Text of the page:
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Michigan governor denied additional FEMA funds to deal with Flint water crisis

DETROIT - Federal officials have denied Michigan Governor Rick Snyder's request to give the city of Flint additional funds to help deal with its lead-contaminated water crisis, his office said on Wednesday.The Federal Emergency Management Agency ...

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Volunteers distribute bottled water to help combat the effects of the crisis when the city's drinking water became contaminated with dangerously high levels of lead in Flint, Michigan, March 5, 2016. REUTERS/Jim Young

DETROIT - Federal officials have denied Michigan Governor Rick Snyder's request to give the city of Flint additional funds to help deal with its lead-contaminated water crisis, his office said on Wednesday.

The Federal Emergency Management Agency in a March 14 letter to Snyder rejected the governor's appeal of the agency's initial denial, saying the funds he was asking for were not appropriate to the situation. A copy of FEMA's response was supplied by Snyder's office.

"It is recognized that substantial costs have been incurred at the state and local levels in responding to the health concerns associated with the water contamination," FEMA associate administrator Elizabeth Zimmerman said in the letter. "The assistance FEMA has provided and continues to provide is intended to address the immediate emergency needs."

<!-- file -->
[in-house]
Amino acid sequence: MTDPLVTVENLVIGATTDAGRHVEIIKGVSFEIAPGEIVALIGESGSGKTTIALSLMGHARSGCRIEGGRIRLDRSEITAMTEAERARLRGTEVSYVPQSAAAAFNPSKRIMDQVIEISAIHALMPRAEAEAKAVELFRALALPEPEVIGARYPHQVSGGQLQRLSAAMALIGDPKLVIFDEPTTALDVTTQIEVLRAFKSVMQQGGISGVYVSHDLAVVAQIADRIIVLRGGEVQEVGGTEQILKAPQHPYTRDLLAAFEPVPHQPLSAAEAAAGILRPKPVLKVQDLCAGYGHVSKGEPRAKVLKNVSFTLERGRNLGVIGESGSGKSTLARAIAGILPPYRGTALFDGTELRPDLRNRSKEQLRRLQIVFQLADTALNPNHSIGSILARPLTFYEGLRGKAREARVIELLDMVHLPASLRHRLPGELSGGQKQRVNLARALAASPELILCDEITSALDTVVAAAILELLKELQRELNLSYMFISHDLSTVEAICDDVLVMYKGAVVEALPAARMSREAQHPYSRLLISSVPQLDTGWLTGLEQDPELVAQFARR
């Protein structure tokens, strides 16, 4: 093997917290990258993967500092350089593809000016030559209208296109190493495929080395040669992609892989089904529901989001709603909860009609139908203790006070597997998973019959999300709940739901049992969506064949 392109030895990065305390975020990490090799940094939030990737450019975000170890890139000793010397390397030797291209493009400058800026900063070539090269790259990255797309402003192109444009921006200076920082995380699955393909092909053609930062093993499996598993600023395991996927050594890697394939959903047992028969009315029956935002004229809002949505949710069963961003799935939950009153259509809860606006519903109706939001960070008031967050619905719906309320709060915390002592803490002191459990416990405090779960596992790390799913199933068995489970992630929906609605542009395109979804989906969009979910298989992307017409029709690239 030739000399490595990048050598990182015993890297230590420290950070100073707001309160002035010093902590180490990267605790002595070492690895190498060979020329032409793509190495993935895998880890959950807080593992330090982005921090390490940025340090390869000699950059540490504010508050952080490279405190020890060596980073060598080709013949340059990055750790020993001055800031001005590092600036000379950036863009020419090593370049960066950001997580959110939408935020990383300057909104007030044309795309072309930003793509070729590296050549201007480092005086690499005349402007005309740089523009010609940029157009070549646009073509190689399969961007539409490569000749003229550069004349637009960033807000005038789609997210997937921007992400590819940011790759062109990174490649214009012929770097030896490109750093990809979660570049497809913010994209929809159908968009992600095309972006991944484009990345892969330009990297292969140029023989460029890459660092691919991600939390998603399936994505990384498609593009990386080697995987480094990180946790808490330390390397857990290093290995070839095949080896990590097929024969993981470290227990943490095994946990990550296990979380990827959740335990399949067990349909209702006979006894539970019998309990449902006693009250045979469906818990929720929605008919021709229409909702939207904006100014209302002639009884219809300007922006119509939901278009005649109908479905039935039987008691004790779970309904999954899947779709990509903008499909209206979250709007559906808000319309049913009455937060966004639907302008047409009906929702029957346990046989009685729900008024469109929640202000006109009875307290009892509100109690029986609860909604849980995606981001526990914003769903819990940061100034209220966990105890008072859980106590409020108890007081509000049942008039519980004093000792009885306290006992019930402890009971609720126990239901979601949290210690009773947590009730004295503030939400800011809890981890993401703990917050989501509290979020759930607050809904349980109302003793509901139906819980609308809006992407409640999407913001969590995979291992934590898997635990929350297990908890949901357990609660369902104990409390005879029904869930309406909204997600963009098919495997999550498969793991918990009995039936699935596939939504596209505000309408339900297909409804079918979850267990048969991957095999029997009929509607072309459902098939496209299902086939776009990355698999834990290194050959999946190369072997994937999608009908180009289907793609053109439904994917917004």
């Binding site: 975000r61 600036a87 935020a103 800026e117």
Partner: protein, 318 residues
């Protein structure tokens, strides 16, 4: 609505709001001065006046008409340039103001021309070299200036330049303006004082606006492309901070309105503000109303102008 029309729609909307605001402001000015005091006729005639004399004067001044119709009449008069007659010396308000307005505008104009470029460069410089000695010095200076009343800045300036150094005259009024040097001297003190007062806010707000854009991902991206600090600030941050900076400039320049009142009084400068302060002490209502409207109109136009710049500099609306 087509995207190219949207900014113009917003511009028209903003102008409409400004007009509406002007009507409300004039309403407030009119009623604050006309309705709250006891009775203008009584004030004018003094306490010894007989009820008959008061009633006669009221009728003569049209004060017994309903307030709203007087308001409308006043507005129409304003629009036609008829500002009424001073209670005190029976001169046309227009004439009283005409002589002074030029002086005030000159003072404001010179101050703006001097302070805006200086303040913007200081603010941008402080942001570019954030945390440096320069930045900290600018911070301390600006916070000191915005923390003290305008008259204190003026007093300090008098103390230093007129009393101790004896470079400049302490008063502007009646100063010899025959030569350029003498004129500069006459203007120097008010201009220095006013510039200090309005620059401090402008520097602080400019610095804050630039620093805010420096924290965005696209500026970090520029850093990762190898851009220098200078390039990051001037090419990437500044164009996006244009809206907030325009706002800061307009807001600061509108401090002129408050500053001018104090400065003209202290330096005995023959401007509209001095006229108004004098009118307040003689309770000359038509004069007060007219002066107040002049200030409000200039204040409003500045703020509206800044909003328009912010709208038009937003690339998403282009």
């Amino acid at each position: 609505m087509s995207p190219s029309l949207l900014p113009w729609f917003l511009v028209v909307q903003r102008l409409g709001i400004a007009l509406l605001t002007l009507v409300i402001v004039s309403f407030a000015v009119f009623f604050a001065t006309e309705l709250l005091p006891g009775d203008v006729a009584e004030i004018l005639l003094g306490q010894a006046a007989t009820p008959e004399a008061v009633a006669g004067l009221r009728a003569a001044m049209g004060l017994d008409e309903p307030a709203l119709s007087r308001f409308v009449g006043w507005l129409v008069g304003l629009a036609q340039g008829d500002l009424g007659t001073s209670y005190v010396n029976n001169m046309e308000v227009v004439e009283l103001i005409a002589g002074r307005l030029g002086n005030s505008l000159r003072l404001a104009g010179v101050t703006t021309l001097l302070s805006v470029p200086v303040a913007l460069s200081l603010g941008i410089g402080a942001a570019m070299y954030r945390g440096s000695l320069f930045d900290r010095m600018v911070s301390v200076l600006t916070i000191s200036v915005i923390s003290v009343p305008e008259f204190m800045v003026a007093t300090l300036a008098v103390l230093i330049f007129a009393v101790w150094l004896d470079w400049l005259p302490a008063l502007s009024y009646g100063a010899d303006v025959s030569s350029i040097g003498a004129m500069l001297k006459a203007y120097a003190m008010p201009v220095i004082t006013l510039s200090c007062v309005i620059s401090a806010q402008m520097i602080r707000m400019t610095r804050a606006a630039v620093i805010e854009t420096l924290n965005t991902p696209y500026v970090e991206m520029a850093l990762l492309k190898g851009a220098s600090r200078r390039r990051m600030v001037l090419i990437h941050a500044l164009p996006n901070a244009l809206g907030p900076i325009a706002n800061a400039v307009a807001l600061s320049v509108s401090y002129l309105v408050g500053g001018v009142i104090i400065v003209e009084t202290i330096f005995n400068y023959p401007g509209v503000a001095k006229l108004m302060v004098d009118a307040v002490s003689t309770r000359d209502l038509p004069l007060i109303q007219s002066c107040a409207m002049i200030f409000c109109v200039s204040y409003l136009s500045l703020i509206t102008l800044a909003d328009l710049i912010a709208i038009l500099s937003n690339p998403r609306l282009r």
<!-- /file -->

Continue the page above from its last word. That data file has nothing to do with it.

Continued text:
The crisis has drawn national attention along with intense criticism of Snyder, who will testify in Congress about the crisis on Thursday.

The Republican governor said he was disappointed to be rejected again, arguing that help was needed from all levels of government.


“This denial is especially frustrating as it would have provided aid to individual households in Flint," he said in a statement.

Flint, a predominantly African-American city of 100,000 about 60 miles northwest of Detroit, switched its water supply from the Detroit water system to the Flint River in April 2014 to cut costs. The river's corrosive water leached lead from city pipes, creating a public health threat marked by high lead levels in blood samples taken from children.

Lead is a toxic agent that can damage the nervous system.

The water supply was switched back to the Detroit system last October.

On Tuesday, the same House committee that will hear from Snyder criticized the U.S. Environmental Protection Agency and Michigan officials for failing to do more about the crisis.

On March 3, Snyder requested money from FEMA to pay for food, water and other essential needs; the removal of health and safety hazards; activation of emergency operation centers; measures to avoid further damage; and homeowners' repairs not covered by insurance.

The agency turned down an earlier request for financial help in January for the same reason it gave this week, but has provided non-monetary support in the form of a FEMA coordinator.

Also in January, Snyder asked President Barack Obama to declare both an emergency and an expedited major disaster in Flint's surrounding county. Obama approved the emergency declaration but rejected the second.

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